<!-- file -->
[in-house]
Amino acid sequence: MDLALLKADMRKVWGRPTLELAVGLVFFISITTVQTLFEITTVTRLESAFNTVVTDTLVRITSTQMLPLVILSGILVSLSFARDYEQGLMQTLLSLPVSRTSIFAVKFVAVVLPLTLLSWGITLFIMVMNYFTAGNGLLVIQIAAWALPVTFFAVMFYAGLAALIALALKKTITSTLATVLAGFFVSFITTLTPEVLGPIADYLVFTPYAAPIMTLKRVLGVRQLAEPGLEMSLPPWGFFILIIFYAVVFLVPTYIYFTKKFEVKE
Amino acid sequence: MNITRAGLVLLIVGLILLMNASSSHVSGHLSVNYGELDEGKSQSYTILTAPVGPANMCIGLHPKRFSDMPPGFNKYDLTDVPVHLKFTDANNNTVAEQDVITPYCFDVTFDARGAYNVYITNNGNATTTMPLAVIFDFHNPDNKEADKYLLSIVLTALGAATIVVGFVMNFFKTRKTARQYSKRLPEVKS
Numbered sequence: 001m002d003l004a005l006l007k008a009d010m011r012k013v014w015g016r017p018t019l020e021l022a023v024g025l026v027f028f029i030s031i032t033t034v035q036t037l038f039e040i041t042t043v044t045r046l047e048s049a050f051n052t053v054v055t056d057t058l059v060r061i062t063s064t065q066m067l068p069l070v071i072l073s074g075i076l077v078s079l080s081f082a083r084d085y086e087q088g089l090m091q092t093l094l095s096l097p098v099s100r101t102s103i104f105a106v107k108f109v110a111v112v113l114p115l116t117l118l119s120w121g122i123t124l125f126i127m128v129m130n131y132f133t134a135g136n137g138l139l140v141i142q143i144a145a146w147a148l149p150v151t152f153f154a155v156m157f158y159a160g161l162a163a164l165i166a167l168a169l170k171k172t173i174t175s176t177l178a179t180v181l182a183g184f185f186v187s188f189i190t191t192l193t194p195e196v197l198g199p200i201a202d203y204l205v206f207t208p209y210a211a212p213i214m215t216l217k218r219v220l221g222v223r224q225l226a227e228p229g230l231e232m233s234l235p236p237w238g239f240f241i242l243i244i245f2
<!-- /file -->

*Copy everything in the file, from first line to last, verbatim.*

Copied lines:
[in-house]
Amino acid sequence: MDLALLKADMRKVWGRPTLELAVGLVFFISITTVQTLFEITTVTRLESAFNTVVTDTLVRITSTQMLPLVILSGILVSLSFARDYEQGLMQTLLSLPVSRTSIFAVKFVAVVLPLTLLSWGITLFIMVMNYFTAGNGLLVIQIAAWALPVTFFAVMFYAGLAALIALALKKTITSTLATVLAGFFVSFITTLTPEVLGPIADYLVFTPYAAPIMTLKRVLGVRQLAEPGLEMSLPPWGFFILIIFYAVVFLVPTYIYFTKKFEVKE
Amino acid sequence: MNITRAGLVLLIVGLILLMNASSSHVSGHLSVNYGELDEGKSQSYTILTAPVGPANMCIGLHPKRFSDMPPGFNKYDLTDVPVHLKFTDANNNTVAEQDVITPYCFDVTFDARGAYNVYITNNGNATTTMPLAVIFDFHNPDNKEADKYLLSIVLTALGAATIVVGFVMNFFKTRKTARQYSKRLPEVKS
Numbered sequence: 001m002d003l004a005l006l007k008a009d010m011r012k013v014w015g016r017p018t019l020e021l022a023v024g025l026v027f028f029i030s031i032t033t034v035q036t037l038f039e040i041t042t043v044t045r046l047e048s049a050f051n052t053v054v055t056d057t058l059v060r061i062t063s064t065q066m067l068p069l070v071i072l073s074g075i076l077v078s079l080s081f082a083r084d085y086e087q088g089l090m091q092t093l094l095s096l097p098v099s100r101t102s103i104f105a106v107k108f109v110a111v112v113l114p115l116t117l118l119s120w121g122i123t124l125f126i127m128v129m130n131y132f133t134a135g136n137g138l139l140v141i142q143i144a145a146w147a148l149p150v151t152f153f154a155v156m157f158y159a160g161l162a163a164l165i166a167l168a169l170k171k172t173i174t175s176t177l178a179t180v181l182a183g184f185f186v187s188f189i190t191t192l193t194p195e196v197l198g199p200i201a202d203y204l205v206f207t208p209y210a211a212p213i214m215t216l217k218r219v220l221g222v223r224q225l226a227e228p229g230l231e232m233s234l235p236p237w238g239f240f241i242l243i244i245f2